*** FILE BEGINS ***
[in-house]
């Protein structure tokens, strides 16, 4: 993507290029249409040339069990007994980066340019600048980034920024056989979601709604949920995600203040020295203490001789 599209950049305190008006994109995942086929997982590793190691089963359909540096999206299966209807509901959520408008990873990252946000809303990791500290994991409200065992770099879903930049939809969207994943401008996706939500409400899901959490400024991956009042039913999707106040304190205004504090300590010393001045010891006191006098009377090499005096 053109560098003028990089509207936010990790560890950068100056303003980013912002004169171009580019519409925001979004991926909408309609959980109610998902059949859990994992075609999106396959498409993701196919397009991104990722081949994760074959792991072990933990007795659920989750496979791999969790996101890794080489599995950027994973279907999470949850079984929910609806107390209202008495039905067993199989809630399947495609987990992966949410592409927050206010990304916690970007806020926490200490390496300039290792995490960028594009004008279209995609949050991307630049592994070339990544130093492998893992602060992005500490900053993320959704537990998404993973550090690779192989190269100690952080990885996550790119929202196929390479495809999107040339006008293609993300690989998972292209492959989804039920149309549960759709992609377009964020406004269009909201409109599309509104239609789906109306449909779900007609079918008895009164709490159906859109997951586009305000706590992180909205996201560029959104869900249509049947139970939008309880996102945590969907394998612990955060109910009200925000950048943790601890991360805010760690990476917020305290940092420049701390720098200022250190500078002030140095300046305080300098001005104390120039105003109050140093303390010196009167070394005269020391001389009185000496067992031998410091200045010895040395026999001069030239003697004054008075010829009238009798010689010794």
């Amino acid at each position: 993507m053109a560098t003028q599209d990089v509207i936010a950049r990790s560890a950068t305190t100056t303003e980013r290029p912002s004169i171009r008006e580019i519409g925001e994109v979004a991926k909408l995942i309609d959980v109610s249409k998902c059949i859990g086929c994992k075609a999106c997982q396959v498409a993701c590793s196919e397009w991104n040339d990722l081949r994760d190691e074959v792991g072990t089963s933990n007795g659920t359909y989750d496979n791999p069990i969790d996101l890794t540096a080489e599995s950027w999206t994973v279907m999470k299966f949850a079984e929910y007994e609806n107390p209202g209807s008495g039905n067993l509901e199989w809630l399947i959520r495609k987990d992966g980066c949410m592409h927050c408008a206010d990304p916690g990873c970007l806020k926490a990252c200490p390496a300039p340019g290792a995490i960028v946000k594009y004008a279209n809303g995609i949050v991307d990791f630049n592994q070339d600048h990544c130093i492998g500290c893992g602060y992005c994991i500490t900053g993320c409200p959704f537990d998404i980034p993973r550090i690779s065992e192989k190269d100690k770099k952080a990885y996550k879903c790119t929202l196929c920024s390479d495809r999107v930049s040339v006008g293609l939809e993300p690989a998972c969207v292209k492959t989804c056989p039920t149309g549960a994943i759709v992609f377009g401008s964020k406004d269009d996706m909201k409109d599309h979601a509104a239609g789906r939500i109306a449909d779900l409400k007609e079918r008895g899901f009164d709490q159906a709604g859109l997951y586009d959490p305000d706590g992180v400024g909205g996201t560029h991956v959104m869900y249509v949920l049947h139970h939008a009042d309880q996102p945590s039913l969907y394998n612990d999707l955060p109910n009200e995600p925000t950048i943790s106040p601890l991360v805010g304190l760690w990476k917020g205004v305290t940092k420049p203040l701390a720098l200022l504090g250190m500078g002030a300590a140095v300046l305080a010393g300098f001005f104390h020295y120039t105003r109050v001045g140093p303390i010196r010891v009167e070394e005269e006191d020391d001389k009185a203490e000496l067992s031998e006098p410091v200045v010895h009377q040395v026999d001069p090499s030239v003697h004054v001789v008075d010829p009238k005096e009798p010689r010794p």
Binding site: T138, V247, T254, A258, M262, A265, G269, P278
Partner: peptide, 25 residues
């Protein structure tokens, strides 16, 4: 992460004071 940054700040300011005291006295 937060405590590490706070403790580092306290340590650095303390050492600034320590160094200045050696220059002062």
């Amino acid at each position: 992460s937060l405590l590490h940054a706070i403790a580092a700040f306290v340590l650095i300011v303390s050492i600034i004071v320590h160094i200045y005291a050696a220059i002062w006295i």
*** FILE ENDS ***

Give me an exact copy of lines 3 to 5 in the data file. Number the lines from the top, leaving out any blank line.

């Amino acid at each position: 993507m053109a560098t003028q599209d990089v509207i936010a950049r990790s560890a950068t305190t100056t303003e980013r290029p912002s004169i171009r008006e580019i519409g925001e994109v979004a991926k909408l995942i309609d959980v109610s249409k998902c059949i859990g086929c994992k075609a999106c997982q396959v498409a993701c590793s196919e397009w991104n040339d990722l081949r994760d190691e074959v792991g072990t089963s933990n007795g659920t359909y989750d496979n791999p069990i969790d996101l890794t540096a080489e599995s950027w999206t994973v279907m999470k299966f949850a079984e929910y007994e609806n107390p209202g209807s008495g039905n067993l509901e199989w809630l399947i959520r495609k987990d992966g980066c949410m592409h927050c408008a206010d990304p916690g990873c970007l806020k926490a990252c200490p390496a300039p340019g290792a995490i960028v946000k594009y004008a279209n809303g995609i949050v991307d990791f630049n592994q070339d600048h990544c130093i492998g500290c893992g602060y992005c994991i500490t900053g993320c409200p959704f537990d998404i980034p993973r550090i690779s065992e192989k190269d100690k770099k952080a990885y996550k879903c790119t929202l196929c920024s390479d495809r999107v930049s040339v006008g293609l939809e993300p690989a998972c969207v292209k492959t989804c056989p039920t149309g549960a994943i759709v992609f377009g401008s964020k406004d269009d996706m909201k409109d599309h979601a509104a239609g789906r939500i109306a449909d779900l409400k007609e079918r008895g899901f009164d709490q159906a709604g859109l997951y586009d959490p305000d706590g992180v400024g909205g996201t560029h991956v959104m869900y249509v949920l049947h139970h939008a009042d309880q996102p945590s039913l969907y394998n612990d999707l955060p109910n009200e995600p925000t950048i943790s106040p601890l991360v805010g304190l760690w990476k917020g205004v305290t940092k420049p203040l701390a720098l200022l504090g250190m500078g002030a300590a140095v300046l305080a010393g300098f001005f104390h020295y120039t105003r109050v001045g140093p303390i010196r010891v009167e070394e005269e006191d020391d001389k009185a203490e000496l067992s031998e006098p410091v200045v010895h009377q040395v026999d001069p090499s030239v003697h004054v001789v008075d010829p009238k005096e009798p010689r010794p």
Binding site: T138, V247, T254, A258, M262, A265, G269, P278
Partner: peptide, 25 residues